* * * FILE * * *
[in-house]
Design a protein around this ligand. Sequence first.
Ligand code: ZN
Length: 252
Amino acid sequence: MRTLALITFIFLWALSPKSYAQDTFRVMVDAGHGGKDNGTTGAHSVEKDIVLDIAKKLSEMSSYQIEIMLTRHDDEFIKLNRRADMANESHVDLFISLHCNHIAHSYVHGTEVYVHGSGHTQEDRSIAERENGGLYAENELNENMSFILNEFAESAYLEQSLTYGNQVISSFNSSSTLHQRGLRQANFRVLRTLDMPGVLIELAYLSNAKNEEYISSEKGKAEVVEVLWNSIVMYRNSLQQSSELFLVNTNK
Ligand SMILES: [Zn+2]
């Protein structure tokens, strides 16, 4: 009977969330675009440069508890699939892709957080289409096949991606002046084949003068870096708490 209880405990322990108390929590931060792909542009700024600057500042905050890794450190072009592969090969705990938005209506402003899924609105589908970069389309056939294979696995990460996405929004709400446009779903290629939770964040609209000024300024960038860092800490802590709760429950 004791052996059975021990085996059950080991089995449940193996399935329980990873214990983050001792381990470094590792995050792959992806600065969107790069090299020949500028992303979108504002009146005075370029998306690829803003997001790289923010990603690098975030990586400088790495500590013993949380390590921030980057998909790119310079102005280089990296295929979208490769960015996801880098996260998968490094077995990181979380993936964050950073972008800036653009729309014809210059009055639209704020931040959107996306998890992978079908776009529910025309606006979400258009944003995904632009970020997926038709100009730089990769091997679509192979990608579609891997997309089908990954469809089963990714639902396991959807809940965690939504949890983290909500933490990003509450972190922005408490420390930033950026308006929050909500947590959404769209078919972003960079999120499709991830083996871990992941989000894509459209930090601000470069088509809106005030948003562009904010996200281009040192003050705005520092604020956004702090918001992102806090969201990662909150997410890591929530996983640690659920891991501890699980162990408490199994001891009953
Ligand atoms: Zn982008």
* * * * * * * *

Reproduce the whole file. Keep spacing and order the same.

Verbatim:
[in-house]
Design a protein around this ligand. Sequence first.
Ligand code: ZN
Length: 252
Amino acid sequence: MRTLALITFIFLWALSPKSYAQDTFRVMVDAGHGGKDNGTTGAHSVEKDIVLDIAKKLSEMSSYQIEIMLTRHDDEFIKLNRRADMANESHVDLFISLHCNHIAHSYVHGTEVYVHGSGHTQEDRSIAERENGGLYAENELNENMSFILNEFAESAYLEQSLTYGNQVISSFNSSSTLHQRGLRQANFRVLRTLDMPGVLIELAYLSNAKNEEYISSEKGKAEVVEVLWNSIVMYRNSLQQSSELFLVNTNK
Ligand SMILES: [Zn+2]
């Protein structure tokens, strides 16, 4: 009977969330675009440069508890699939892709957080289409096949991606002046084949003068870096708490 209880405990322990108390929590931060792909542009700024600057500042905050890794450190072009592969090969705990938005209506402003899924609105589908970069389309056939294979696995990460996405929004709400446009779903290629939770964040609209000024300024960038860092800490802590709760429950 004791052996059975021990085996059950080991089995449940193996399935329980990873214990983050001792381990470094590792995050792959992806600065969107790069090299020949500028992303979108504002009146005075370029998306690829803003997001790289923010990603690098975030990586400088790495500590013993949380390590921030980057998909790119310079102005280089990296295929979208490769960015996801880098996260998968490094077995990181979380993936964050950073972008800036653009729309014809210059009055639209704020931040959107996306998890992978079908776009529910025309606006979400258009944003995904632009970020997926038709100009730089990769091997679509192979990608579609891997997309089908990954469809089963990714639902396991959807809940965690939504949890983290909500933490990003509450972190922005408490420390930033950026308006929050909500947590959404769209078919972003960079999120499709991830083996871990992941989000894509459209930090601000470069088509809106005030948003562009904010996200281009040192003050705005520092604020956004702090918001992102806090969201990662909150997410890591929530996983640690659920891991501890699980162990408490199994001891009953
Ligand atoms: Zn982008």